Washington’s winter at Valley Forge was a low point for the American forces. A lack of supplies weakened the men, and disease took a heavy toll. Amid the cold, hunger, and sickness, soldiers deserted in droves. On February 16, Washington wrote to George Clinton, governor of New York: “For some days past, there has been little less than a famine in camp. A part of the army has been a week without any kind of flesh & the rest three or four days. Naked and starving as they are, we cannot enough admire the incomparable patience and fidelity of the soldiery, that they have not been ere [before] this excited by their sufferings to a general mutiny and dispersion.” Of eleven thousand soldiers encamped at Valley Forge, twenty-five hundred died of starvation, malnutrition, and disease. As Washington feared, nearly one hundred soldiers deserted every week. (Desertions continued, and by 1780, Washington was executing recaptured deserters every Saturday.) The low morale extended all the way to Congress, where some wanted to replace Washington with a more seasoned leader.
Assistance came to Washington and his soldiers in February 1778 in the form of the Prussian soldier Friedrich Wilhelm von Steuben (Figure 6.12). Baron von Steuben was an experienced military man, and he implemented a thorough training course for Washington’s ragtag troops. By drilling a small corps of soldiers and then having them train others, he finally transformed the Continental Army into a force capable of standing up to the professional British and Hessian soldiers. His drill manual—Regulations for the Order and Discipline of the Troops of the United States—informed military practices in the United States for the next several decades.
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Explore Friedrich Wilhelm von Steuben’s Revolutionary War Drill Manual to understand how von Steuben was able to transform the Continental Army into a professional fighting force. Note the tremendous amount of precision and detail in von Steuben’s descriptions.
Meanwhile, the campaign to sever New England from the rest of the colonies had taken an unexpected turn during the fall of 1777. The British had attempted to implement the plan, drawn up by Lord George Germain and Prime Minister Lord North, to isolate New England with the combined forces of three armies. One army, led by General John Burgoyne, would march south from Montreal. A second force, led by Colonel Barry St. Leger and made up of British troops and Iroquois, would march east from Fort Oswego on the banks of Lake Ontario. A third force, led by General Sir Henry Clinton, would march north from New York City. The armies would converge at Albany and effectively cut the rebellion in two by isolating New England. This northern campaign fell victim to competing strategies, however, as General Howe had meanwhile decided to take Philadelphia. His decision to capture that city siphoned off troops that would have been vital to the overall success of the campaign in 1777.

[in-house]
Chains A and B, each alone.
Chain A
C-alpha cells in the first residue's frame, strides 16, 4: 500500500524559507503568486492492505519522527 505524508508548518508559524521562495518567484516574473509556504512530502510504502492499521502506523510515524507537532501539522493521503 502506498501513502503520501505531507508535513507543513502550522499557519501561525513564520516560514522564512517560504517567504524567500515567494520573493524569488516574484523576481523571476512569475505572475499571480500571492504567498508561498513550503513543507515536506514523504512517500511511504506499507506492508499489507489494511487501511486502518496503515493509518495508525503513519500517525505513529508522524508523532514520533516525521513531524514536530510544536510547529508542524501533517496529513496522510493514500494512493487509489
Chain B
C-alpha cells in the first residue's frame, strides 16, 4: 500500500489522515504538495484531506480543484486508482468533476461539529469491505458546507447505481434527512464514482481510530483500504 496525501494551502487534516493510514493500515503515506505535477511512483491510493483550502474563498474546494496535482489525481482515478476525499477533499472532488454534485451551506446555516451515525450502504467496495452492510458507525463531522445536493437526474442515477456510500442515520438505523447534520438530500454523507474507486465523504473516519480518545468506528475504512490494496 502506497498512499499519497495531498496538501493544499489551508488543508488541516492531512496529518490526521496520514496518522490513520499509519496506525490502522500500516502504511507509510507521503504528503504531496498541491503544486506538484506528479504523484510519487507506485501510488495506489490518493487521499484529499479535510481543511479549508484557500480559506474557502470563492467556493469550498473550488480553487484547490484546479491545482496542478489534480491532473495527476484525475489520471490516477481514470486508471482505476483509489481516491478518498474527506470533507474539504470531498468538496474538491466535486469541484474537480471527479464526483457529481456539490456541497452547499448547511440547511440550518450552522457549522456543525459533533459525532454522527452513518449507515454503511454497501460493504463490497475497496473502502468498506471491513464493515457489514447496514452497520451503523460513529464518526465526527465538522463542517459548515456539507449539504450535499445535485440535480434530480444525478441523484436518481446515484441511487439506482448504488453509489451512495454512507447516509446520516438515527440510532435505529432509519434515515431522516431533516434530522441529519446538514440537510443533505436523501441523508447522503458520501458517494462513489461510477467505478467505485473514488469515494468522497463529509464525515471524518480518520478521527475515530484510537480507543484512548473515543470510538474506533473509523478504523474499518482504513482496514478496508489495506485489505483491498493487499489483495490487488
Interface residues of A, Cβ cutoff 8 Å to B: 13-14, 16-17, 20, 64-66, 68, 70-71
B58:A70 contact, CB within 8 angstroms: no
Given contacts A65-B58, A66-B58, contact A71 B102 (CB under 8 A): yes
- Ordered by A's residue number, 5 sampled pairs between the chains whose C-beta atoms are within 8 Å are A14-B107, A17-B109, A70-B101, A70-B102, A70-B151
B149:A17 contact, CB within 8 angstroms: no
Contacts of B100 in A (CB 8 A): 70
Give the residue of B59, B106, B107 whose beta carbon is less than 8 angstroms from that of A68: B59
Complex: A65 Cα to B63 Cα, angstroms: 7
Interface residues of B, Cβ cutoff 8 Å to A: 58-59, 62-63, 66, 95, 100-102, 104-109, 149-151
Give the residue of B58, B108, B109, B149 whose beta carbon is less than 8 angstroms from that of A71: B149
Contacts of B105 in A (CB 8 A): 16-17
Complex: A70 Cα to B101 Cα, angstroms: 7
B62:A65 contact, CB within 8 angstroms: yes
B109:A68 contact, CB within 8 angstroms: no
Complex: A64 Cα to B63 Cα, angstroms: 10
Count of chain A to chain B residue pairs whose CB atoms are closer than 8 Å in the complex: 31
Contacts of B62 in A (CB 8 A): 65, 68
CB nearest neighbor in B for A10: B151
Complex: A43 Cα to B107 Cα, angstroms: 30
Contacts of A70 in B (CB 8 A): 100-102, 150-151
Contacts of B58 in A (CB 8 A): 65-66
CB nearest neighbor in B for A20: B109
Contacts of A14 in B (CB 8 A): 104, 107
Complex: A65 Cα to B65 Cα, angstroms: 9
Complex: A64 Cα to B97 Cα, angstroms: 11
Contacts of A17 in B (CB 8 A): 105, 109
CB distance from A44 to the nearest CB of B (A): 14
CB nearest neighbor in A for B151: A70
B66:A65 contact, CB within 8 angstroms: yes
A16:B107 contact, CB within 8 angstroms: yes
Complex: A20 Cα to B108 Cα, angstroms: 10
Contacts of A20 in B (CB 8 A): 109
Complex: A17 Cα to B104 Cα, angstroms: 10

The British plan to isolate New England ended in disaster. St. Leger’s efforts to bring his force of British regulars, Loyalist fighters, and Iroquois allies east to link up with General Burgoyne failed, and he retreated to Quebec. Burgoyne’s forces encountered ever-stiffer resistance as he made his way south from Montreal, down Lake Champlain and the upper Hudson River corridor. Although they did capture Fort Ticonderoga when American forces retreated, Burgoyne’s army found themselves surrounded by a sea of colonial militias in Saratoga, New York. In the meantime, the small British force under Clinton that left New York City to aid Burgoyne advanced slowly up the Hudson River, failing to provide the much-needed support for the troops at Saratoga. On October 17, 1777, Burgoyne surrendered his five thousand soldiers to the Continental Army (Figure 6.13).
The American victory at the Battle of Saratoga was the major turning point in the war. This victory convinced the French to recognize American independence and form a military alliance with the new nation, which changed the course of the war by opening the door to badly needed military support from France. Still smarting from their defeat by Britain in the Seven Years’ War, the French supplied the United States with gunpowder and money, as well as soldiers and naval forces that proved decisive in the defeat of Great Britain. The French also contributed military leaders, including the Marquis de Lafayette, who arrived in America in 1777 as a volunteer and served as Washington’s aide-de-camp.
The war quickly became more difficult for the British, who had to fight the rebels in North America as well as the French in the Caribbean. Following France’s lead, Spain joined the war against Great Britain in 1779, though it did not recognize American independence until 1783. The Dutch Republic also began to support the American revolutionaries and signed a treaty of commerce with the United States in 1782.
Great Britain’s effort to isolate New England in 1777 failed. In June 1778, the occupying British force in Philadelphia evacuated and returned to New York City in order to better defend that city, and the British then turned their attention to the southern colonies.